A contact lens
inventory will keep your patients compliant and loyal to your practice.
BY GARY GERBER,
O.D., Hawthorne, N.J.
more money you make, the more money you spend. It's a rule that's as unalterable
as gravity. The good news is, you can implement this law of nature to build your
contact lens practice. This article isn't directly about ways to increase your contact
lens profits. Rather, you'll learn how to apply that natural law to your contact
lens inventory or current lack of one.
ILLUSTRATION BY LAEL HENDERSON
Historically, with soft lenses in particular, a large contact
lens inventory was a mainstay of every successful contact lens practice. For the
younger doctors reading this article, I'm talking about how we used to fit lenses.
First, you had to use the back of a pair of plastic tweezers to wrench open the
container the lenses came in a small glass jar of sorts, referred to as a
vial. After about ten minutes of struggling and swearing and exchanging the tweezers
for a screwdriver as well as a few nasty, bloody cuts on your fingers
you finally got the vial open.
Then, using one arm of the tweezers to remove a hopefully intact
lens, you placed the lens on the patient's eye. You had a one out of three chance
that the lens you were fitting was actually what was labeled on the vial. Yes, I'm
exaggerating (a bit). But my point here is simply when you compare the hassles,
frustrations and pain of how we used to fit lenses with how much easier it is now,
you have to wonder why we ever bothered to inventory contact lenses in the first
place, let alone fit them!
Streamlining seemed right
Newer generation disposable lenses have decreased in price and
package size, making it easier to keep an inventory. Yet fewer doctors are inventorying
lenses now than when we fit mostly vialed lenses.
This was partly due to a concept I fully supported in my own practice
and encouraged our Power Practice clients to adopt namely, having the patient's
supply of lenses shipped directly to them from the manufacturer or distributor.
This certainly seemed easier and more convenient for the patient and staff. The
other benefit was that the manufacturer assumed the inventory costs and freed up
a practice's cash. Seemed like a good idea at the time.
A fly in the ointment
Then came the Internet and big-box contact lens warehouses. Patient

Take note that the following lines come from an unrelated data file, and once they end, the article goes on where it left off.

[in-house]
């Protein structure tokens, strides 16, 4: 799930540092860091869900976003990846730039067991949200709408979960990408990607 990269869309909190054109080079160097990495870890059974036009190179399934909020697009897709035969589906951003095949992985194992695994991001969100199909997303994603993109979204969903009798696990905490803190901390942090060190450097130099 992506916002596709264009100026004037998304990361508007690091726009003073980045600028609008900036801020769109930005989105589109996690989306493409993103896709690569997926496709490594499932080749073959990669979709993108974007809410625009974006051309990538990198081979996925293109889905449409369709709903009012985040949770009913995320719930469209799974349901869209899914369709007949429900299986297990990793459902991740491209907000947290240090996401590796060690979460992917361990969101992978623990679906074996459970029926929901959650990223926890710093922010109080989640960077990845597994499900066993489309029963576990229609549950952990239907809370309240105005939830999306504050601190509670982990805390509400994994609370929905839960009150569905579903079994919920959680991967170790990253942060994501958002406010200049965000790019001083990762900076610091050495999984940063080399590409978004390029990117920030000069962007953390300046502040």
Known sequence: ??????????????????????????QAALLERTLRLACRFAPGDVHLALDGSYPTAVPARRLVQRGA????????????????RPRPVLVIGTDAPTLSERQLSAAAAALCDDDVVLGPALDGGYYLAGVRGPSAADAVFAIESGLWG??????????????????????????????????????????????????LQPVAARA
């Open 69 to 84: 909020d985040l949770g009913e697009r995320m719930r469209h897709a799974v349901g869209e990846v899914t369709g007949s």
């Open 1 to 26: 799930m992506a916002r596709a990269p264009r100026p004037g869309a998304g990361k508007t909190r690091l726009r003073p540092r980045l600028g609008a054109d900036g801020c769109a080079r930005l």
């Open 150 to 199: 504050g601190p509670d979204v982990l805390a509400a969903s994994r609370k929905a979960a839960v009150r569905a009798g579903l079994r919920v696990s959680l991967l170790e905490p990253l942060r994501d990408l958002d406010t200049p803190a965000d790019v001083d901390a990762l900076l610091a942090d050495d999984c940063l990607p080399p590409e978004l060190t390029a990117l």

loyalty seemed to wane as alternative sources of lenses grew in concert with disposable
lenses. Most studies attribute this growth to the consumer's desires for a more
convenient delivery system and a better price for lenses. And it is exactly these
two points that having an inventory of lenses can address!
Make it work for them
At the conclusion of your fitting process, when you've made a
clinical decision that Brand Z is best for your patient, what could be more convenient
than escorting your patient to your front desk and having her year's supply of contact
lenses waiting for her? Isn't that easier for the patient than shopping on line?
Regarding pricing of the lenses, I've often written that your
contact lens product fees should be in line with other commonly available sources.
You don't have to be the cheapest guy in town, but you have to be in the same zone.
The ultimate convenience of patients purchasing their lenses from you the
person they just trusted to fit them while they're still in your office,
is something no dot-com or big-box dispenser can beat.
It's not that expensive
Worried about the expense of having an inventory? Consider the
ongoing revenue generated from happy returning patients. Further, it isn't necessary
to inventory every contact lens you fit. Even if you're a specialty practice, you
don't need to have every available parameter in stock. Instead, keep a supply of
your "go to" lenses on hand and keep it well stocked.
For most practices, this probably means two or three brands and
a cost of less than $10,000. Putting this against a capital equipment purchase of
$50,000, it's clear that a well thought out and carefully organized inventory is
not that big an expense. It provides a significant return on investment via patient
Back to the beginning
So, what does the original truism, "The more you make, the more
you spend" have to do with a contact lens inventory? The corollary in retailing
is referred to as pantry loading. In conventional retailing, pantry loading accomplishes
two important goals. First, it loads the consumer with enough product so that they
don't need to consider competitive ones. They have enough to last a long time and
the "pantry" is physically loaded so no more product can be squeezed in. Secondly,
retailers gain the benefits of the time value of money by accelerating future purchases.
In our case, inventorying contact lenses also shares the above
two benefits with the doctor. When patients are pantry loaded with contact
lenses, there is no reason to shop elsewhere. Additionally, the practice benefits
by increased cash flow. If a patient were to purchase lenses twice a year and spend
$100 each time, the practice benefits financially when the patient spends $200 at
the beginning of the year.
However, the best reason to pantry load lenses is the key point
buried in our economics axiom. Not only will people spend more money if they have
it, but patients will wear more contact lenses if they have them available. This
equates to superior compliance and invariably improved ocular health. Instead of
trying to stretch wearing schedules and risking complications, pantry-loaded patients
tend to be more compliant with their wearing schedules.
So considering all these advantages, are you convinced to carry
a contact lens inventory yet?
Gerber is president of The Power
Practice, a company specializing in making doctors more profitable. You can
reach him at (800) 867-9303 or at
Optometric Management, Issue: October 2005